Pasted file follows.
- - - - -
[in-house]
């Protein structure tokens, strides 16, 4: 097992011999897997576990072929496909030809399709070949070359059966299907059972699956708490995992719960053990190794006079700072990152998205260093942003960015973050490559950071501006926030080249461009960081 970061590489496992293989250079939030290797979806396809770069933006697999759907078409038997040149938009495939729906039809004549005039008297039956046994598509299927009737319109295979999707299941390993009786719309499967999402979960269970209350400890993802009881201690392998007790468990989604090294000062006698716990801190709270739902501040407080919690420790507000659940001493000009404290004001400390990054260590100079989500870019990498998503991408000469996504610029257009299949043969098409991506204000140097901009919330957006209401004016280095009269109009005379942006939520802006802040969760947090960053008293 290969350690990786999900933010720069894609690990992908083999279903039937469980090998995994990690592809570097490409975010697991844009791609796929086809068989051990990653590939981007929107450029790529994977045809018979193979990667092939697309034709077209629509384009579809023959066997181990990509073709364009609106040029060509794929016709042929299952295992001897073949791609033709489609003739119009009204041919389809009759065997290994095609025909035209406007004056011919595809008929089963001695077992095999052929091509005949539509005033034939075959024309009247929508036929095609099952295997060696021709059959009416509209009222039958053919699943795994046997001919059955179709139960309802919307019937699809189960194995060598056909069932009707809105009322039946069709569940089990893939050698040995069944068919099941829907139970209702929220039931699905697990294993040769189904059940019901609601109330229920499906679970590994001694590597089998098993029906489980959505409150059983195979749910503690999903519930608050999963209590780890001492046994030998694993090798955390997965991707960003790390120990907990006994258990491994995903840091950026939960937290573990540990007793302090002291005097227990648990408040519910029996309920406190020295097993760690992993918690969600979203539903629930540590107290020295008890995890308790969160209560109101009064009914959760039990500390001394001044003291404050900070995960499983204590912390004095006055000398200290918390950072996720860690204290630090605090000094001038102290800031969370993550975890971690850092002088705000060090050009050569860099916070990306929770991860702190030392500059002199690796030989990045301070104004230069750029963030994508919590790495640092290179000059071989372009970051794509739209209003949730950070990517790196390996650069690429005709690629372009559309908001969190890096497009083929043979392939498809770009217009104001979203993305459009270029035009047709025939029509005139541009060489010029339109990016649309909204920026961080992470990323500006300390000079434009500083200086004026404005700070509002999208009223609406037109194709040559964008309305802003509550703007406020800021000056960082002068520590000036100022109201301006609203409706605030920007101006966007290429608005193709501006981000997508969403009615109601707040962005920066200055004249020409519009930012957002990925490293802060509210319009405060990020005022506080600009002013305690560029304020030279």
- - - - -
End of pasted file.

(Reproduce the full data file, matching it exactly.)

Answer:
[in-house]
């Protein structure tokens, strides 16, 4: 097992011999897997576990072929496909030809399709070949070359059966299907059972699956708490995992719960053990190794006079700072990152998205260093942003960015973050490559950071501006926030080249461009960081 970061590489496992293989250079939030290797979806396809770069933006697999759907078409038997040149938009495939729906039809004549005039008297039956046994598509299927009737319109295979999707299941390993009786719309499967999402979960269970209350400890993802009881201690392998007790468990989604090294000062006698716990801190709270739902501040407080919690420790507000659940001493000009404290004001400390990054260590100079989500870019990498998503991408000469996504610029257009299949043969098409991506204000140097901009919330957006209401004016280095009269109009005379942006939520802006802040969760947090960053008293 290969350690990786999900933010720069894609690990992908083999279903039937469980090998995994990690592809570097490409975010697991844009791609796929086809068989051990990653590939981007929107450029790529994977045809018979193979990667092939697309034709077209629509384009579809023959066997181990990509073709364009609106040029060509794929016709042929299952295992001897073949791609033709489609003739119009009204041919389809009759065997290994095609025909035209406007004056011919595809008929089963001695077992095999052929091509005949539509005033034939075959024309009247929508036929095609099952295997060696021709059959009416509209009222039958053919699943795994046997001919059955179709139960309802919307019937699809189960194995060598056909069932009707809105009322039946069709569940089990893939050698040995069944068919099941829907139970209702929220039931699905697990294993040769189904059940019901609601109330229920499906679970590994001694590597089998098993029906489980959505409150059983195979749910503690999903519930608050999963209590780890001492046994030998694993090798955390997965991707960003790390120990907990006994258990491994995903840091950026939960937290573990540990007793302090002291005097227990648990408040519910029996309920406190020295097993760690992993918690969600979203539903629930540590107290020295008890995890308790969160209560109101009064009914959760039990500390001394001044003291404050900070995960499983204590912390004095006055000398200290918390950072996720860690204290630090605090000094001038102290800031969370993550975890971690850092002088705000060090050009050569860099916070990306929770991860702190030392500059002199690796030989990045301070104004230069750029963030994508919590790495640092290179000059071989372009970051794509739209209003949730950070990517790196390996650069690429005709690629372009559309908001969190890096497009083929043979392939498809770009217009104001979203993305459009270029035009047709025939029509005139541009060489010029339109990016649309909204920026961080992470990323500006300390000079434009500083200086004026404005700070509002999208009223609406037109194709040559964008309305802003509550703007406020800021000056960082002068520590000036100022109201301006609203409706605030920007101006966007290429608005193709501006981000997508969403009615109601707040962005920066200055004249020409519009930012957002990925490293802060509210319009405060990020005022506080600009002013305690560029304020030279």